The boomer legacy: ageing without breaking the bank

The boomer legacy: ageing without breaking the bank

Book highlights urgent need for healthcare funding reform.

A new book Health Economics from Theory to Practice highlights urgent need for reform in health and aged care and particularly in facing a rapidly ageing population.

Helping the coming tsunami of ageing baby boomers to age successfully will put unsustainable pressure on Australia’s health expenditure unless whole-of-systems health and aged care reforms are undertaken.

Health economics from theory to practice by Professor Eckermann is the focus of a public policy lecture in Sydney (June 19 2017) and a book launch at University of Wollongong (June 20 2017).

Professor Eckermann, Senior Professor of Health Economics at UOW’s Sydney Business School and the Australian Health Services Research Institute (AHSRI), said the book combined internationally recognised best methods for joint research, reimbursement and regulatory decisions to enable better policy making with community net benefit as the central focus for research and service provision in practice.

A key policy section of the book and subject of the Sydney public lecture is dedicated to the challenge of successful ageing of baby boomers, those born between 1946 and 1964, without breaking health and aged care budgets.

“The oldest of the baby boomers are now entering their eighth decade and in the next 12 years all of the baby boomer generation will be over 65. Further, their life expectancy at age 65 is now beyond 20 years and hence it is until at least 2045 where we’ll really face the challenge of ageing baby boomers,” Professor Eckermann said.

Contrary to popular wisdom, productivity commission research shows that ageing until relatively recently has not been a primary cause of increases in health expenditure.

Health expenditure impacts from ageing were protected by rapidly increasing life expectancy reducing high health costs associated with death. Australian mortality rates between 1970 and 2002 more than halved for all ages between 33 and 77.

Critically, for Australia this meant that only about 5 per cent of the growth in per capita health expenditure or as a percentage of GDP, from 6.4 per cent in 1989-90 to 9.7 per cent in 2013-14, has been attributable to ageing.

“The other 95 per cent of growth in health expenditure has been due to increased use of expensive new medications and technologies and policies such as the private health insurance rebate, which while now costing more than $6 billion annually has failed in its stated objective of taking pressure off the public system,” Professor Eckermann said.

However, the protection that increasing life expectancy has provided against the cost of ageing won’t last as mortality rates have not fallen significantly for populations over 80 – the baby boomers will not live forever.

Maintaining current policies Australian health expenditure is projected to increase to at least 12 per cent of GDP by 2045, with half of that increase attributable to ageing, while aged care expenditure is projected to increase even more if ageing populations continue to be sent to nursing homes rather than successfully ageing in the community.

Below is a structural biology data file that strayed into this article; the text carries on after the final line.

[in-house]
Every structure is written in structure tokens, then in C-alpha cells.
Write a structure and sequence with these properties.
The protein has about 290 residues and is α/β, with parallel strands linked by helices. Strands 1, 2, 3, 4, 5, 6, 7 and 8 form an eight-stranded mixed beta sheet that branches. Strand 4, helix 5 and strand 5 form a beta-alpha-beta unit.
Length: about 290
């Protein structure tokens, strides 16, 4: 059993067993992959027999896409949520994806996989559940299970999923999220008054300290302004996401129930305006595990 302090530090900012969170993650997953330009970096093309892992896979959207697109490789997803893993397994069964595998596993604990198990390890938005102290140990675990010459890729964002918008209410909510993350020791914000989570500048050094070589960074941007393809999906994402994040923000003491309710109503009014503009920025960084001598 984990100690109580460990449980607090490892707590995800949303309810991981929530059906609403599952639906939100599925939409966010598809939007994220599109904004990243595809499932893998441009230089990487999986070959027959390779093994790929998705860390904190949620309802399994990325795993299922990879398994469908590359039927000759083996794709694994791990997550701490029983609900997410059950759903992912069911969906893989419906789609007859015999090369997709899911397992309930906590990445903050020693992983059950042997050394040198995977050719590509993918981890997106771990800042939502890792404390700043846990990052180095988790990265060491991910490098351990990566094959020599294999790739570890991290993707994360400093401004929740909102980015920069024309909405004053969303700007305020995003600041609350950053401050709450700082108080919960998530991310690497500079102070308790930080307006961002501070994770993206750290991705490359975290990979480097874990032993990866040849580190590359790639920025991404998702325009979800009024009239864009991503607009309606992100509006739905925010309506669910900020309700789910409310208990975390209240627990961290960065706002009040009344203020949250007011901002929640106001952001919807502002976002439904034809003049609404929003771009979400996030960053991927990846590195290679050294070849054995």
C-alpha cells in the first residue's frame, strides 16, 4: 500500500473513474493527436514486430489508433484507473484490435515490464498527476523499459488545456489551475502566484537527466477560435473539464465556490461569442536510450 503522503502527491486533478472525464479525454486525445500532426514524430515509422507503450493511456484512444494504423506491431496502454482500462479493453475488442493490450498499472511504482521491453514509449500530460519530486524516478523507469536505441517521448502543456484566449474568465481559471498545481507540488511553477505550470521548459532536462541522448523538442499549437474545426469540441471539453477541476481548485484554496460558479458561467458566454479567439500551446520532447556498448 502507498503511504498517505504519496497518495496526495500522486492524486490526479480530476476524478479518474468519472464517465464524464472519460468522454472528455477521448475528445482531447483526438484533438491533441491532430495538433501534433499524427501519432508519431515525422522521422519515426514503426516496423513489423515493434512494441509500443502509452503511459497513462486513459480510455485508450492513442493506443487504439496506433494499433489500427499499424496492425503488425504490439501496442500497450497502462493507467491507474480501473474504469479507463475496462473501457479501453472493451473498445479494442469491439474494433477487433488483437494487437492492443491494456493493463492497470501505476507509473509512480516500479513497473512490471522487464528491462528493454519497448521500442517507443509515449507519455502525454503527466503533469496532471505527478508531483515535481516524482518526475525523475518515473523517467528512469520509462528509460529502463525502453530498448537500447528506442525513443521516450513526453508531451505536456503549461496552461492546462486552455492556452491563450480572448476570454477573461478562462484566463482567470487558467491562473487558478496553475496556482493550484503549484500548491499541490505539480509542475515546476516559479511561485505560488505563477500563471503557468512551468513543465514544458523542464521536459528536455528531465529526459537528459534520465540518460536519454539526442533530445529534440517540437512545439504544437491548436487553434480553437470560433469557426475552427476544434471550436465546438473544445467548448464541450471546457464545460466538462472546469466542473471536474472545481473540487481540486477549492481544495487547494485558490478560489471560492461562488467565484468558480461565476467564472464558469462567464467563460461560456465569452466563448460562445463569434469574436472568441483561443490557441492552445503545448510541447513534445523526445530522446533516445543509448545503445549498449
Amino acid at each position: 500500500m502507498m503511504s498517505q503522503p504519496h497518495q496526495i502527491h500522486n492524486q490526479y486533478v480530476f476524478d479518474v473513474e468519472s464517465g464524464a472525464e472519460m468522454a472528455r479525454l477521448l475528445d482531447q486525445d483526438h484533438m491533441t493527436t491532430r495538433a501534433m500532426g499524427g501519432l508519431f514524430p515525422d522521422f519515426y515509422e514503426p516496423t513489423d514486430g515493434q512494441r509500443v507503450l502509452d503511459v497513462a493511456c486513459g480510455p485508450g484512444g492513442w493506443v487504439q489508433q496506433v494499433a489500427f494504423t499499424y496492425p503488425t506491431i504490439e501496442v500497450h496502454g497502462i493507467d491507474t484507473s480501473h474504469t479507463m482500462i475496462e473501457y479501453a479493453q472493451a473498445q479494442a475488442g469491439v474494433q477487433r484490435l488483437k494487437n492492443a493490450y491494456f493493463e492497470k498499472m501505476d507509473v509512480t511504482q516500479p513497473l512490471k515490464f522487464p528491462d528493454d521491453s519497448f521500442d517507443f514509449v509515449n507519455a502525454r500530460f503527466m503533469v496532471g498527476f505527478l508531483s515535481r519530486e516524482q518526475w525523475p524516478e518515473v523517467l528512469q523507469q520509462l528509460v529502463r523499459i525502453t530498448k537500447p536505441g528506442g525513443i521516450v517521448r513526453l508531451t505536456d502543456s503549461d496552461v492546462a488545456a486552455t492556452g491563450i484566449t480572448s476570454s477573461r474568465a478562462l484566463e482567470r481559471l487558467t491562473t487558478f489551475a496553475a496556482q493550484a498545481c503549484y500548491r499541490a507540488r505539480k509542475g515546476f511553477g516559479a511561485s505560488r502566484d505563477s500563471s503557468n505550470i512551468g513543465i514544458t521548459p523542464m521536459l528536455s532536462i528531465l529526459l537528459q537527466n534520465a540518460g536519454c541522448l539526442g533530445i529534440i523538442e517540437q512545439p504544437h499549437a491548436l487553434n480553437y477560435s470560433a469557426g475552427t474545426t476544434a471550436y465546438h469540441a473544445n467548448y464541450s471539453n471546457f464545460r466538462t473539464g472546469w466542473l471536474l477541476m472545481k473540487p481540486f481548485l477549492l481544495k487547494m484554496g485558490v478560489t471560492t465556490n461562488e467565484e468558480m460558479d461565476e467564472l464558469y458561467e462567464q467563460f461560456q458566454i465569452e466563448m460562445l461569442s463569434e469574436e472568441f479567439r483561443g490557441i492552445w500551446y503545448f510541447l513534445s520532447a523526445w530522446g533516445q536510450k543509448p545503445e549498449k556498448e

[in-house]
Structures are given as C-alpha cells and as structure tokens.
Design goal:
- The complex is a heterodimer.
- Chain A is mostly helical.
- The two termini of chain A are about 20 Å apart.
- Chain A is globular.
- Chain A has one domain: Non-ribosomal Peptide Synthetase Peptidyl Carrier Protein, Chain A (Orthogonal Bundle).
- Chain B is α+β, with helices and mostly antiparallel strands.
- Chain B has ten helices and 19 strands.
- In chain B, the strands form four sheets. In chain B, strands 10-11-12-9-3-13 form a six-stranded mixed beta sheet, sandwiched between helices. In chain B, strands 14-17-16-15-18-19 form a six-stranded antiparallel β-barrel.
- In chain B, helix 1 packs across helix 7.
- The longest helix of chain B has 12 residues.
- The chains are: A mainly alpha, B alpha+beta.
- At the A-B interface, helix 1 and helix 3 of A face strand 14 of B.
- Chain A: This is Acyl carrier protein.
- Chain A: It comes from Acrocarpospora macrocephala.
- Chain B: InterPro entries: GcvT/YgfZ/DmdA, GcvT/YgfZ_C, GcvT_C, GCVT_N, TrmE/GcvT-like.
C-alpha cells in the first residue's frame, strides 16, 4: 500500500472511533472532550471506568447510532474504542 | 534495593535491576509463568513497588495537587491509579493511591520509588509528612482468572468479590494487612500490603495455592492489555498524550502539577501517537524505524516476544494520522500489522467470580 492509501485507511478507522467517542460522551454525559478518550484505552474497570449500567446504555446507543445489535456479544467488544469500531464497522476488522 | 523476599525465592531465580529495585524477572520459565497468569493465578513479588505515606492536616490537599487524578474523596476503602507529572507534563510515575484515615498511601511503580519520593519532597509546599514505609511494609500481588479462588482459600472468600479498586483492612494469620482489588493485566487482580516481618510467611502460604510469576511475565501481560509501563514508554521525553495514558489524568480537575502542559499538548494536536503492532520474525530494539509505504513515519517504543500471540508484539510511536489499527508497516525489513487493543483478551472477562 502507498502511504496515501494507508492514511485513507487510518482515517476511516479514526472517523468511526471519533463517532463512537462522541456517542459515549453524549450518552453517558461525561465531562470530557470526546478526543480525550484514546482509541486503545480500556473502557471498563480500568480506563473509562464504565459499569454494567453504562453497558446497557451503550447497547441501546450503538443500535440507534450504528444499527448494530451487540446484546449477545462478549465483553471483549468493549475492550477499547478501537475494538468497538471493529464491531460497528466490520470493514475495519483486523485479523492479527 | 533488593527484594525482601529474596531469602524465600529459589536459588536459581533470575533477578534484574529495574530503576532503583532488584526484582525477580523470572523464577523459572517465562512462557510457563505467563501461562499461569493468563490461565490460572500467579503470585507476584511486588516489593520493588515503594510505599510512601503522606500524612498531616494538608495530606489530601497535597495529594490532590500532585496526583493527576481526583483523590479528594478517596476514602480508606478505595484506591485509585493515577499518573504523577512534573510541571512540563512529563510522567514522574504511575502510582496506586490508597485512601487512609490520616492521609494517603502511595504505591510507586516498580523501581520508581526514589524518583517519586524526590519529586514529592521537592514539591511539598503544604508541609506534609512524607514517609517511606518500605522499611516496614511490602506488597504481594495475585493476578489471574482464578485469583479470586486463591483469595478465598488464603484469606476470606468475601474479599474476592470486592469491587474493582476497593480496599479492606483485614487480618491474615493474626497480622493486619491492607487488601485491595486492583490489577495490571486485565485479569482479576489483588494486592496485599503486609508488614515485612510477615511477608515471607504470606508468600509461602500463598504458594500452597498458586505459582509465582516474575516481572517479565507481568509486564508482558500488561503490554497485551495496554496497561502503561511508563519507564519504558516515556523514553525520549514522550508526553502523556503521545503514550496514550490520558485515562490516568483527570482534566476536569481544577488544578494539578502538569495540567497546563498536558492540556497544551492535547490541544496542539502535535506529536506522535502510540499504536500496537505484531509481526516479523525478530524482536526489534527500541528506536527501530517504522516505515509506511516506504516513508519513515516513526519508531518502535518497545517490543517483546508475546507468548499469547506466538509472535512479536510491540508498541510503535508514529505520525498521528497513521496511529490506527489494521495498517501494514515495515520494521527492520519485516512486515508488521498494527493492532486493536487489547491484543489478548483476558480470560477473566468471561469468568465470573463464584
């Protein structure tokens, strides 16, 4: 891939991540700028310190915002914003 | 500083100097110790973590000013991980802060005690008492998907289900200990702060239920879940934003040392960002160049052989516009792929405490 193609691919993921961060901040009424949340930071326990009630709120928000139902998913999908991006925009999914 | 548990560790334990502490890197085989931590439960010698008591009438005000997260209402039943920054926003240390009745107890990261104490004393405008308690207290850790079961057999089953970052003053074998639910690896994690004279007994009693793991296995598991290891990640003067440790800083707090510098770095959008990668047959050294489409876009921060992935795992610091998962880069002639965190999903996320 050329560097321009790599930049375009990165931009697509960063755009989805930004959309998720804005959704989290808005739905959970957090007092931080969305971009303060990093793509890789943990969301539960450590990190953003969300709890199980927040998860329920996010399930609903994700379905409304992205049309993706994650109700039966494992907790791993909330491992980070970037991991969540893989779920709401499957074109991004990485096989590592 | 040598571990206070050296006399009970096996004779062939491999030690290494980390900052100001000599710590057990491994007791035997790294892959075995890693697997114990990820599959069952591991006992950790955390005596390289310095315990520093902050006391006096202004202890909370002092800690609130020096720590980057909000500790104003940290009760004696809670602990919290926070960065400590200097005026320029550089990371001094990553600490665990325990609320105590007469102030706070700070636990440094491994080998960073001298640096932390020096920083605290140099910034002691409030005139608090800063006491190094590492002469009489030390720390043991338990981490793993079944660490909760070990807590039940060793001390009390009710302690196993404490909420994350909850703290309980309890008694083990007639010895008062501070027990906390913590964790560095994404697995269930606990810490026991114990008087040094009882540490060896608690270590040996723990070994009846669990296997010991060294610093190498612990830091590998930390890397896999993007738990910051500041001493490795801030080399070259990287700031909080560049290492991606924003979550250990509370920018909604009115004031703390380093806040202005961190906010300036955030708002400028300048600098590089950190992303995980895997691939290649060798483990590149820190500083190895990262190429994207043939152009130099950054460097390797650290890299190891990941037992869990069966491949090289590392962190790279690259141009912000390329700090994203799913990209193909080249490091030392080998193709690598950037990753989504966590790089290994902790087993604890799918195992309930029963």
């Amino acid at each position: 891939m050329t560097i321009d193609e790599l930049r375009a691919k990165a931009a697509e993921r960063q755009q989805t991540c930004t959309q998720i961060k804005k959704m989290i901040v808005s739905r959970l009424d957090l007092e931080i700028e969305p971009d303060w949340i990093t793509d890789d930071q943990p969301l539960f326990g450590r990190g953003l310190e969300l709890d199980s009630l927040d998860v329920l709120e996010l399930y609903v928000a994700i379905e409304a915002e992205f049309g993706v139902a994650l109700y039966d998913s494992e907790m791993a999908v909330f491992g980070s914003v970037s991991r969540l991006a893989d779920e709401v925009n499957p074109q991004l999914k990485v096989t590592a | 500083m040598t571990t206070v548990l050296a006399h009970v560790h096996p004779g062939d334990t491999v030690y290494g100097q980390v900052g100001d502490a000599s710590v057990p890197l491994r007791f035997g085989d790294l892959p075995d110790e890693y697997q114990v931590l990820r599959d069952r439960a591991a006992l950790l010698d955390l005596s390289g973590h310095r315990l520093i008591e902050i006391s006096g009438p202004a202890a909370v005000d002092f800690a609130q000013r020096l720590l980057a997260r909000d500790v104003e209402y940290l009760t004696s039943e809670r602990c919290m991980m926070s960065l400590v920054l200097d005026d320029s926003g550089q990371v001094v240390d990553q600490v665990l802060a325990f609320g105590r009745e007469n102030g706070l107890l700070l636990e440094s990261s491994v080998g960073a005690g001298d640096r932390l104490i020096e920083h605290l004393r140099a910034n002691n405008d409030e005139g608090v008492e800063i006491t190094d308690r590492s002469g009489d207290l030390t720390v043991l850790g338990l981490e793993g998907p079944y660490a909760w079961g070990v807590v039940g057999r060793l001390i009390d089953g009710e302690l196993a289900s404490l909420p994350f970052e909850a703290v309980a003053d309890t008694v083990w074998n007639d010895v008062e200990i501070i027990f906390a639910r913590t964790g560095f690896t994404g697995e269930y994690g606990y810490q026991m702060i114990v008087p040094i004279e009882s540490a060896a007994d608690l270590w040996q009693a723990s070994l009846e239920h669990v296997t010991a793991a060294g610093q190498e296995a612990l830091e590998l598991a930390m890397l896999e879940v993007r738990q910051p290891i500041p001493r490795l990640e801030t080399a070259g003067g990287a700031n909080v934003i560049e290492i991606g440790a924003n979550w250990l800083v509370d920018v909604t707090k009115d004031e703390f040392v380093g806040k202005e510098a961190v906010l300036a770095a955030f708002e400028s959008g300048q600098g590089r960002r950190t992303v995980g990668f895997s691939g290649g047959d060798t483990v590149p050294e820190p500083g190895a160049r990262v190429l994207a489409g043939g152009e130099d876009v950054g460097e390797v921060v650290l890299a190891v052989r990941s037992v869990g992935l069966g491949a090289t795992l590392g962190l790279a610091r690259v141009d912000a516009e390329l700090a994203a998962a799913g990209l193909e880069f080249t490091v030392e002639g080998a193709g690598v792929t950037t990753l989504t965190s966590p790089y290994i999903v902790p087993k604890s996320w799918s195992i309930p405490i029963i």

“Successful ageing without breaking the budget requires that health and age system policy reform is undertaken to address current inefficiencies, informed by research on age and dementia friendly communities, palliative care options that reflect palliative patient and community preferences and more generally better use of existing programs and technologies and more appropriate pricing and integration of new technology,” Professor Eckermann said.

Professor Eckermann’s book points to key whole-of-system reforms that enable successful ageing without breaking budgets, including:

  • Creating age and dementia-friendly communities with low cost health promotion strategies and to enable safe and active ageing while living in the community – such as walking paths, community gardens, dementia friendly transport and shops;
  • Dementia-friendly, safe and functional architecture for aged-care facilities, encouraging and enabling active and meaningful individual and community interactions;
  • Palliative care options that reflect patient preferences and domains for finalising affairs with family and friends in their community of choice – usually at home – and minimising carer and family distress such as use of medicinal cannabis in intractable pain palliative populations;
  • Research on better use of existing programs and technology and pricing new technology appropriately. Investment in successful ageing of the baby boomer generation also benefits all those to follow in providing a pathway to successful ageing.

Additionally, baby boomer preferences to remain active in the community strengthens communities and their voice in decision making, while respecting aged rights and addressing inequalities.

“Successful baby boomer ageing pioneers for all, but effective and affordable reform needs to address dementia in the community and aged-care facilities and end-of-life and new technology challenges,” Professor Eckermann said.

A business-as-usual approach to ageing will not work with the looming ageing challenge and resource constraints.

“Now is the time to be having meaningful policy debates that lead to effective reforms.”

Source: UOW